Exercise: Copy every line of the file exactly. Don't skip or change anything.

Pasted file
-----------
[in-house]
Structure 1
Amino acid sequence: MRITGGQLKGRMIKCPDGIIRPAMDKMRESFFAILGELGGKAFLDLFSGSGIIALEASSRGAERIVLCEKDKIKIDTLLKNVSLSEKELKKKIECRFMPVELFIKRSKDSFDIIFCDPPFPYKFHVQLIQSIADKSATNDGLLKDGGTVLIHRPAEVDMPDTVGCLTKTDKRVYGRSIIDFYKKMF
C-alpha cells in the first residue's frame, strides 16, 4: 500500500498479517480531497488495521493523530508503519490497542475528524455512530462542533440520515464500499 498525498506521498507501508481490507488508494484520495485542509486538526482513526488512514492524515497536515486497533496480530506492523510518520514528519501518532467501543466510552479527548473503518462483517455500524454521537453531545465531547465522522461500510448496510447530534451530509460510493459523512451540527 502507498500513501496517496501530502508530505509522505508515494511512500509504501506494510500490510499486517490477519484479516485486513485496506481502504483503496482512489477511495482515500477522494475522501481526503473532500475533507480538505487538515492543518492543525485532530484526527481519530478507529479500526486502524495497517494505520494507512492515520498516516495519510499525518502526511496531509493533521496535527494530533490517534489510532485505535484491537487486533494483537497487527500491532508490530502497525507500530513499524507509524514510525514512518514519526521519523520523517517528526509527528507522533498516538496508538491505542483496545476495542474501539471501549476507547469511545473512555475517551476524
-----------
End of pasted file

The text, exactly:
[in-house]
Structure 1
Amino acid sequence: MRITGGQLKGRMIKCPDGIIRPAMDKMRESFFAILGELGGKAFLDLFSGSGIIALEASSRGAERIVLCEKDKIKIDTLLKNVSLSEKELKKKIECRFMPVELFIKRSKDSFDIIFCDPPFPYKFHVQLIQSIADKSATNDGLLKDGGTVLIHRPAEVDMPDTVGCLTKTDKRVYGRSIIDFYKKMF
C-alpha cells in the first residue's frame, strides 16, 4: 500500500498479517480531497488495521493523530508503519490497542475528524455512530462542533440520515464500499 498525498506521498507501508481490507488508494484520495485542509486538526482513526488512514492524515497536515486497533496480530506492523510518520514528519501518532467501543466510552479527548473503518462483517455500524454521537453531545465531547465522522461500510448496510447530534451530509460510493459523512451540527 502507498500513501496517496501530502508530505509522505508515494511512500509504501506494510500490510499486517490477519484479516485486513485496506481502504483503496482512489477511495482515500477522494475522501481526503473532500475533507480538505487538515492543518492543525485532530484526527481519530478507529479500526486502524495497517494505520494507512492515520498516516495519510499525518502526511496531509493533521496535527494530533490517534489510532485505535484491537487486533494483537497487527500491532508490530502497525507500530513499524507509524514510525514512518514519526521519523520523517517528526509527528507522533498516538496508538491505542483496545476495542474501539471501549476507547469511545473512555475517551476524